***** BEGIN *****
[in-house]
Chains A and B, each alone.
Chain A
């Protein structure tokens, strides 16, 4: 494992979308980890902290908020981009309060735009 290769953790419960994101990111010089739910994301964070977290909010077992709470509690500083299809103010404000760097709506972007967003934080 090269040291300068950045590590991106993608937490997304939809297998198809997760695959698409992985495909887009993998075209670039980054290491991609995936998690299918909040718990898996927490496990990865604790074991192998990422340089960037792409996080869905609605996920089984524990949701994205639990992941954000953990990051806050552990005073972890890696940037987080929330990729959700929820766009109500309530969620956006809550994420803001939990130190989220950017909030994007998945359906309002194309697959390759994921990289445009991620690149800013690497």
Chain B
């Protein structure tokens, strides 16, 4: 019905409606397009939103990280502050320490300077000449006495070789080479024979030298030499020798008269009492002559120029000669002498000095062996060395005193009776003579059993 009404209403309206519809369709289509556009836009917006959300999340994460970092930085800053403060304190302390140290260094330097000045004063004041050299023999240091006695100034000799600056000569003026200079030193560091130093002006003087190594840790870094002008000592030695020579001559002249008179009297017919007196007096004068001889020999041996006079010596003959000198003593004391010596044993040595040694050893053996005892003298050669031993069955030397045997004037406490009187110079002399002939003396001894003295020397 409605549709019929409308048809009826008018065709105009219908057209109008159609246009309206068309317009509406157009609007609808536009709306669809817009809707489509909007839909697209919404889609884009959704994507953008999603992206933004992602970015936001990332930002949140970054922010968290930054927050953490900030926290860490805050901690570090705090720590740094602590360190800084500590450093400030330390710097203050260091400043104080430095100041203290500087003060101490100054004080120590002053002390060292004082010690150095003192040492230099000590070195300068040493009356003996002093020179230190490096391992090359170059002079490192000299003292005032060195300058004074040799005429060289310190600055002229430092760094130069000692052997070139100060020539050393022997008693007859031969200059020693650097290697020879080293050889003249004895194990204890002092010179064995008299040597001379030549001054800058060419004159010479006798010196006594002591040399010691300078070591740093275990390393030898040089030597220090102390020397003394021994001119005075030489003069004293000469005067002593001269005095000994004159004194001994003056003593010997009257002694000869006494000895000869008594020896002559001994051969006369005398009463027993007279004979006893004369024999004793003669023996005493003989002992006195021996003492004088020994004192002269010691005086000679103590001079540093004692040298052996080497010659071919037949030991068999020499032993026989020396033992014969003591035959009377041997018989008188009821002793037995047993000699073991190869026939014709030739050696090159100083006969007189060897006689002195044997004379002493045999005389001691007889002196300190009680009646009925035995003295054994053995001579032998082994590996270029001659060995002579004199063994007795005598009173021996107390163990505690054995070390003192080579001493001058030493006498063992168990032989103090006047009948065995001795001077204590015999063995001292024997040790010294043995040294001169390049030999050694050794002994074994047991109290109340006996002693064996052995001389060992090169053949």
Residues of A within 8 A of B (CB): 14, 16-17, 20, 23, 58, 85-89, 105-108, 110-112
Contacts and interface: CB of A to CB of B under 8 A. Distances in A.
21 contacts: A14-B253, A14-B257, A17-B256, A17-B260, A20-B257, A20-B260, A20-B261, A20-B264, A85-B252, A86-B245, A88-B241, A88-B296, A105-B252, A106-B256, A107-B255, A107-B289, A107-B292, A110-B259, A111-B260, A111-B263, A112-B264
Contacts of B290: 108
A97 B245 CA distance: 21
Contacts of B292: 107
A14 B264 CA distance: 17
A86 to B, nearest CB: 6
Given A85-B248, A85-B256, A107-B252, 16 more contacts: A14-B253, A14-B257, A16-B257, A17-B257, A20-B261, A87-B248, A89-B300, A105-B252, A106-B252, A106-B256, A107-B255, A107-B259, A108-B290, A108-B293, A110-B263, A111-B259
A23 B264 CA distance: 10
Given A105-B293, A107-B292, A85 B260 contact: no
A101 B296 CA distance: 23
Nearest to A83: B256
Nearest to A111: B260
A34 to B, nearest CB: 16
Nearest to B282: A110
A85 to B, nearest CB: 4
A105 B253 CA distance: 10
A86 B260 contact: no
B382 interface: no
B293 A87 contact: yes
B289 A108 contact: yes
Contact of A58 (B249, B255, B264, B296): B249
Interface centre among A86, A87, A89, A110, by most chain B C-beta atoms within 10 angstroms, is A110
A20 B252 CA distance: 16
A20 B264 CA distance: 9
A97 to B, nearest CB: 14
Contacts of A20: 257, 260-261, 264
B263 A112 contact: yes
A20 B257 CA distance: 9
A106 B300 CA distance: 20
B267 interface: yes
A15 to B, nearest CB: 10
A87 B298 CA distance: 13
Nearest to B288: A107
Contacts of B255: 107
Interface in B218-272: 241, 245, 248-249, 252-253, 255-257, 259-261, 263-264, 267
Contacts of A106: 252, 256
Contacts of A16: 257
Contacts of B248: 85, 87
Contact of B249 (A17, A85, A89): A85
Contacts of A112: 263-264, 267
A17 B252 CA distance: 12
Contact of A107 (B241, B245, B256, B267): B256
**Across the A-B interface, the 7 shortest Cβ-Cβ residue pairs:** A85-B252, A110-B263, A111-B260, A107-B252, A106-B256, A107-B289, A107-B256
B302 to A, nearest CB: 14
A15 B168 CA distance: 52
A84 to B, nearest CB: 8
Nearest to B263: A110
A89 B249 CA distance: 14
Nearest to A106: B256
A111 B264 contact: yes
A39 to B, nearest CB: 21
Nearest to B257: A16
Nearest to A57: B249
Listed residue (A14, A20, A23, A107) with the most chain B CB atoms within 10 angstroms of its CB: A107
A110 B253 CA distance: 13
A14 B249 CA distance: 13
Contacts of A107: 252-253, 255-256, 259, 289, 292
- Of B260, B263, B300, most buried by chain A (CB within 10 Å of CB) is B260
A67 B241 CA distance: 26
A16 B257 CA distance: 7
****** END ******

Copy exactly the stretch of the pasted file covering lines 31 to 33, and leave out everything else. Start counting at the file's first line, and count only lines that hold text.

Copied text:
A20 B252 CA distance: 16
A20 B264 CA distance: 9
A97 to B, nearest CB: 14